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roly
11/24/2005 9:48pm,
recently our judo class had a session on some of the techniques that are not allowed in judo competition (edit. i forget the name, can someone help me out here) i found this quite interesting and i'm wondering if anyone can reccomend any good dvd's/books/websites/anything ?

for the non-judo people some common techniques that are illegal in judo competition
- certain throws ie. scissor throw (kani basami *typo?* )
- neck cranks
- leglocks/ankle locks

if anyone can give me a hand here, i'd be grateful

Shillelagh
11/24/2005 9:58pm,
http://judoinfo.com/techjudo.htm

Pretty well-known site, but it does mention illegal techniques in some detail. The only thing on your list I couldn't find while skimming over the pages just now was anything about leglocks, but that doesn't mean it's not on the site somewhere.

roly
11/24/2005 10:47pm,
i've already skimmed over judoinfo, not in great detail.(i will later tonight) but all i could find was a picture of the scissor throw, and a picture of a pickup/slam. i am looking for something that goes into detail

Yrkoon9
11/24/2005 10:59pm,
Judo has a lot of techniques that are not allowed in competition. 99% of them are due to safety concerns. Do Judo for any length of time and you will find out why. Judo has an extremely high accident injury rate already with just the legal techniques. Adding in the illegal ones makes it, IMHO, one of the most dangerous martial arts to practice.

infidel
11/24/2005 11:53pm,
does that make bjj one of the most dangerous martial arts to practics as many of those illegal judo moves are legal in bjj?

missile
11/25/2005 12:16am,
It's rumoured that Kani Basami is going to be brought back in (or so says one of my judo instructors.) I think the incident that lead to the ban ( a leg break at an all-Japan tournament) happened in 1980, so its about time they (the IJF) reviewed the policy at least.

roly
11/25/2005 12:21am,
Judo has a lot of techniques that are not allowed in competition. 99% of them are due to safety concerns. Do Judo for any length of time and you will find out why. Judo has an extremely high accident injury rate already with just the legal techniques. Adding in the illegal ones makes it, IMHO, one of the most dangerous martial arts to practice.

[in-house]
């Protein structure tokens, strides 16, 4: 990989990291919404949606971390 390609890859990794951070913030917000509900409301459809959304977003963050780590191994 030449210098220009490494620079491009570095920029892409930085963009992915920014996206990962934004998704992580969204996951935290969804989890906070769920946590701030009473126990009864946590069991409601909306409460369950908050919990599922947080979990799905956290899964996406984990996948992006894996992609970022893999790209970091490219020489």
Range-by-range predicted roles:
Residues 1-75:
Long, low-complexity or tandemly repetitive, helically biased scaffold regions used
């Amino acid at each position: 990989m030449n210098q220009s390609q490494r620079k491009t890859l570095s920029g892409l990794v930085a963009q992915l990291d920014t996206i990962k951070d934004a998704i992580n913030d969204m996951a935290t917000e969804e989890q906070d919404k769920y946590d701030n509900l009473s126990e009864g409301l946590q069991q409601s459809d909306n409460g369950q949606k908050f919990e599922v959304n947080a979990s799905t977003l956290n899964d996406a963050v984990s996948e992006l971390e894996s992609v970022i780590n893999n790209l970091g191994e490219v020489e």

in our lesson, we were just learning the technique, no randori (resisting sparring) using them, but yeah i fully agree that judo is quite dangerous (its the noobs to be careful of rather than the blackbelts)


does that make bjj one of the most dangerous martial arts to practics as many of those illegal judo moves are legal in bjj?
no, several reasons why
- some of the moves are illegal in bjj anyway (scissor takedowns, leglocks for whitebelts, pickup and slam etc)
- bjj is mostly trained already on the ground, no-where near the amount of falling compared to a judo practice

lawdog
11/25/2005 9:11am,
recently our judo class had a session on some of the techniques that are not allowed in judo competition (edit. i forget the name, can someone help me out here) i found this quite interesting and i'm wondering if anyone can reccomend any good dvd's/books/websites/anything ?

for the non-judo people some common techniques that are illegal in judo competition
- certain throws ie. scissor throw (kani basami *typo?* )
- neck cranks
- leglocks/ankle locks

if anyone can give me a hand here, i'd be grateful
What exactly are you asking? Do you want a list of all the illegal techniques, or do you want examples of how to do the illegal techniques? If the latter, why?

Ronin
11/25/2005 9:21am,
All the basic stuff you are taught is legal in judo, so, stick with that stuff and you well do fine.
Look at all the competions, Nationa, Worlds and Olympic, no one ever won them with "exotic" or "advanced" techniques.
Master the basics and they will serve you well.

sui generis
11/25/2005 5:09pm,
recently our judo class had a session on some of the techniques that are not allowed in judo competition (edit. i forget the name, can someone help me out here) i found this quite interesting and i'm wondering if anyone can reccomend any good dvd's/books/websites/anything ?

for the non-judo people some common techniques that are illegal in judo competition
- certain throws ie. scissor throw (kani basami *typo?* )